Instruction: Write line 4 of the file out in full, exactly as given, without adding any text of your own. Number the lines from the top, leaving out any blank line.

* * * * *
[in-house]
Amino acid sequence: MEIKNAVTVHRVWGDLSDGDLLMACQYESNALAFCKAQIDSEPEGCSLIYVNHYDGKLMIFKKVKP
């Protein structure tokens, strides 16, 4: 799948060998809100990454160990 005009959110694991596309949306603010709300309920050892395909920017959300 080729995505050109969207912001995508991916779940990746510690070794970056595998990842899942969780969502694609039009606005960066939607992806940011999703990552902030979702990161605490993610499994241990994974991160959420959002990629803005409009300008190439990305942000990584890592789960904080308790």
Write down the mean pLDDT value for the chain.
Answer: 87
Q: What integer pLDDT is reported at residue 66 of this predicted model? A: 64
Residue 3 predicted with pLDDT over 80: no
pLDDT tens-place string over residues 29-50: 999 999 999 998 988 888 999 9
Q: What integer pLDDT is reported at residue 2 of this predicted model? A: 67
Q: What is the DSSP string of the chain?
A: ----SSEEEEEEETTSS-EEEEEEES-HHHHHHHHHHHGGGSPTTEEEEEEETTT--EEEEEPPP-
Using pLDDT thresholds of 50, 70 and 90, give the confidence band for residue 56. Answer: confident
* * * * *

Write down the mean pLDDT value for the chain.